Special exhibition at the Metropolitan Museum of Art through October 26.
Inside, the enormous shiny metal balloon dog might look overwhelming or creepy, but outside, underneath the vast blue sky on the Met’s roof garden, it’s charming and whimsical, a giant-child’s plaything. Even after all the trouble to get to the roof, even when the sun creates a glare on the lacquer, the sculpture feels utterly blithe. It makes me smile just to look at it.
I suspect, though, that happy giggles are not necessarily what artist Jeff Koons wanted, for alongside “Balloon Dog (Yellow)” is “Sacred Heart (Red/Gold),” another shiny metal sculpture, but one the environment can’t dwarf into innocence. Koons’ “Sacred Heart” is not a religious devotional but a garish Valentine’s Day monstrosity: a heart-shaped, foil-wrapped chocolate standing on end and blown up to absurd dimensions. It feels wrong—a superficial debasement of love and purity—and I can’t help but wonder whether “Balloon Dog,” too, had something more to say.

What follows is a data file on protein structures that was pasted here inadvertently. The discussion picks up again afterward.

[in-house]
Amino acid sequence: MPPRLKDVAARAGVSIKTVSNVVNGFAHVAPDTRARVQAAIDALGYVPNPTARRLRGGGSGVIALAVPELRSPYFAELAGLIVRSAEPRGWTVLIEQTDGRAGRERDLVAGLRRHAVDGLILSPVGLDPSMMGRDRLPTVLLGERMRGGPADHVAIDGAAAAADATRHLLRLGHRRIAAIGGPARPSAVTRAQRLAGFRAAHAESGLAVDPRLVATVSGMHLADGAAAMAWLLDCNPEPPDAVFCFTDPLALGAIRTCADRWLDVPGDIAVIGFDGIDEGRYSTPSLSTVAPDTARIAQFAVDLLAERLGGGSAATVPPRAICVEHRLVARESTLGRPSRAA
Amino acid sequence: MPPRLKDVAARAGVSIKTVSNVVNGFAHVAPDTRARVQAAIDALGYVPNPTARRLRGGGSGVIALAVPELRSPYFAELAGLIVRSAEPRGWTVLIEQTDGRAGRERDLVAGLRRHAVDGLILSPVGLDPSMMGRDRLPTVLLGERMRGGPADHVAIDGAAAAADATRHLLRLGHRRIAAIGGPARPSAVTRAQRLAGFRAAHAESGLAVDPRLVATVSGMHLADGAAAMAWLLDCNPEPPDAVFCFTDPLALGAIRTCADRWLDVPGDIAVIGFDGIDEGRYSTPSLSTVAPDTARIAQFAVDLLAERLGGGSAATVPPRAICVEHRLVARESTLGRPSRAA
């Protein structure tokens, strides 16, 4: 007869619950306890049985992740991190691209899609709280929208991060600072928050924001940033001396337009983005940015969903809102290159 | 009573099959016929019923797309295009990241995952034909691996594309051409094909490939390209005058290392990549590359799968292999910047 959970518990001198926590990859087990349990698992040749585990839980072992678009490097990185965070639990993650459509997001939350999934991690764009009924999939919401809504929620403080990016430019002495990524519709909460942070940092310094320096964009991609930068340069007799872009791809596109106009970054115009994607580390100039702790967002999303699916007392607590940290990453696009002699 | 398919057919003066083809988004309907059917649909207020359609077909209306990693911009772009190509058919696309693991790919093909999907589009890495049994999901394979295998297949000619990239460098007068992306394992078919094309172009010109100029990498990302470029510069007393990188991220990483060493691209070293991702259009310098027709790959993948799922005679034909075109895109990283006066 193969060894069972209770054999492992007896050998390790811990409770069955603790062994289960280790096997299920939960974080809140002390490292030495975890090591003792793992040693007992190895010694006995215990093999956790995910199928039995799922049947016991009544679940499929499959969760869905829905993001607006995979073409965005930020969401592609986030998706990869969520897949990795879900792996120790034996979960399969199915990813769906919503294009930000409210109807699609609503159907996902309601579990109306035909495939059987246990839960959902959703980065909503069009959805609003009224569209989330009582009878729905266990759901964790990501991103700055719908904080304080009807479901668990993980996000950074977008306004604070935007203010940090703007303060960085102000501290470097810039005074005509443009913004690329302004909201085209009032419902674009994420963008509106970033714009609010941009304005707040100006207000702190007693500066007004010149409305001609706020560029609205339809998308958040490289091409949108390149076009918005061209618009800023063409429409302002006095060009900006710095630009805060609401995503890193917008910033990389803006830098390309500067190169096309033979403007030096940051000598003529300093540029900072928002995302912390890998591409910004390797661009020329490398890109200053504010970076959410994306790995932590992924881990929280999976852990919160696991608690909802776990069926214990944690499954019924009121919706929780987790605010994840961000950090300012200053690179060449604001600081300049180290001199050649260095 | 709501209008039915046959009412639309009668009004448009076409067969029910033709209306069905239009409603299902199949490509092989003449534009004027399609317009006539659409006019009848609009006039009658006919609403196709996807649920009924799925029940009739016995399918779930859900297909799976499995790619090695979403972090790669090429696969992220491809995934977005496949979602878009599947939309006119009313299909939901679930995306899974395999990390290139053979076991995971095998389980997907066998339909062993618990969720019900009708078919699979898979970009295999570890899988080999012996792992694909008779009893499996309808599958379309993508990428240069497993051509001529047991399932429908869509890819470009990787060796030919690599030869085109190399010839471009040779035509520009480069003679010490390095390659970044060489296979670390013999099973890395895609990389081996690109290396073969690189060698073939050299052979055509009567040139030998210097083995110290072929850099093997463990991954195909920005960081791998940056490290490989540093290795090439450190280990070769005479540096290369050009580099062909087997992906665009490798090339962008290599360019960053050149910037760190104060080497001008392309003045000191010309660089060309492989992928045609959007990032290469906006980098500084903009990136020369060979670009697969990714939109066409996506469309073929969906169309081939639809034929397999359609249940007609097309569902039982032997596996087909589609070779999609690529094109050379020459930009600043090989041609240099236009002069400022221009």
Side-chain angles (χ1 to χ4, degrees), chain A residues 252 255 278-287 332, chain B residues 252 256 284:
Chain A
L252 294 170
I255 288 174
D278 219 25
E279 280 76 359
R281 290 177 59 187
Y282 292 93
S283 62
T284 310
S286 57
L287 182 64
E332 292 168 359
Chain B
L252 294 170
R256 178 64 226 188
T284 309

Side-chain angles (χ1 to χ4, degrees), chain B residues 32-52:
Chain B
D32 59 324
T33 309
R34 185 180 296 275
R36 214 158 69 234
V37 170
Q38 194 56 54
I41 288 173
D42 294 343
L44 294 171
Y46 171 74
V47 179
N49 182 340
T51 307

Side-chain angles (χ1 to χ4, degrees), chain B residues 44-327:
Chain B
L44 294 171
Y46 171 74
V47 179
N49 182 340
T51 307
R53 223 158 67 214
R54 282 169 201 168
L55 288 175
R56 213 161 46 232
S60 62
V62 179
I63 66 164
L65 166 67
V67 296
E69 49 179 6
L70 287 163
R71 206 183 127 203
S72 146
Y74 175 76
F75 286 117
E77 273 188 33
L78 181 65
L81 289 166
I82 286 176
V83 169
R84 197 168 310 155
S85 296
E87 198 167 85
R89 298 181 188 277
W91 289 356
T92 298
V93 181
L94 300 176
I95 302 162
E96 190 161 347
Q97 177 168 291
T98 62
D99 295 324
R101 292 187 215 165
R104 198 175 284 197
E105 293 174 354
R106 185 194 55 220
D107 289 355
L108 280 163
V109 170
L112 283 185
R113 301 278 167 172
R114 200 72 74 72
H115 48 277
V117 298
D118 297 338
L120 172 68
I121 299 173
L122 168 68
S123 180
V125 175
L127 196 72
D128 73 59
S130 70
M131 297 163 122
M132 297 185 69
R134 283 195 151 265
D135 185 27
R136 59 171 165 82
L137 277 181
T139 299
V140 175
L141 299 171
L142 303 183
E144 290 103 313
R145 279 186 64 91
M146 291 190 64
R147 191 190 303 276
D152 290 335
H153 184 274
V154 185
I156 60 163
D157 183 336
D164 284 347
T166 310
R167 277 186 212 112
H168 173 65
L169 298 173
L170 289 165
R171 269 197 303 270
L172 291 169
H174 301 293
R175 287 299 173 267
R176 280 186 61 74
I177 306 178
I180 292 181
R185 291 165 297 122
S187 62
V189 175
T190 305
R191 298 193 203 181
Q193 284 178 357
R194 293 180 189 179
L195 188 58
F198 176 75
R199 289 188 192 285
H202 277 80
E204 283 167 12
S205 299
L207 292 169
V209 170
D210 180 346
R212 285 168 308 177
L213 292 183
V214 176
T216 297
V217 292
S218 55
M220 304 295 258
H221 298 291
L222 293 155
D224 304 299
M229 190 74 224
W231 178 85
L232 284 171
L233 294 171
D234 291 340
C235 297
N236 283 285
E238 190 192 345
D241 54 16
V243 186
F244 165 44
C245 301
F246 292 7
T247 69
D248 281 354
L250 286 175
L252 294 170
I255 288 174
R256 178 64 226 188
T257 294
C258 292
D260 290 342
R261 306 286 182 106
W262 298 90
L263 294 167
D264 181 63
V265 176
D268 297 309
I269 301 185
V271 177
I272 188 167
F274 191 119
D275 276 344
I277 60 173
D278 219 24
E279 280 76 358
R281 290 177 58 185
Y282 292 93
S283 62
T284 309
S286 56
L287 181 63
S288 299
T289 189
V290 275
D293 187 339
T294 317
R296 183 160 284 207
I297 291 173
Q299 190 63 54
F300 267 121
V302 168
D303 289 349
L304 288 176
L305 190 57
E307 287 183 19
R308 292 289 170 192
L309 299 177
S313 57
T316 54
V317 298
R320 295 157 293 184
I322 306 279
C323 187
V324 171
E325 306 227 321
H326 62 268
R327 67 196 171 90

But try as I might to see something more, I just can’t get past the goofy wonder of it. Koons’ detail work is extraordinary. Intellectually, I understand that the sculpture is made of steel, but the “knots” shaping it, the “creases” at its joints, and the puckered balloon-end of its nose are so perfectly rendered that the illusion is inescapable. Part of me insists on believing that if I were to stick it with a pin, I would hear not a ping but a pop. Maybe I’m supposed to see something darker in “Balloon Dog”—unhealthily prolonged childhood? a menacing wolf in sheep’s clothing? an orgy of phallic imagery?—but I can’t do it. I love “Balloon Dog.” It dazzles me past the point of seeing shadows.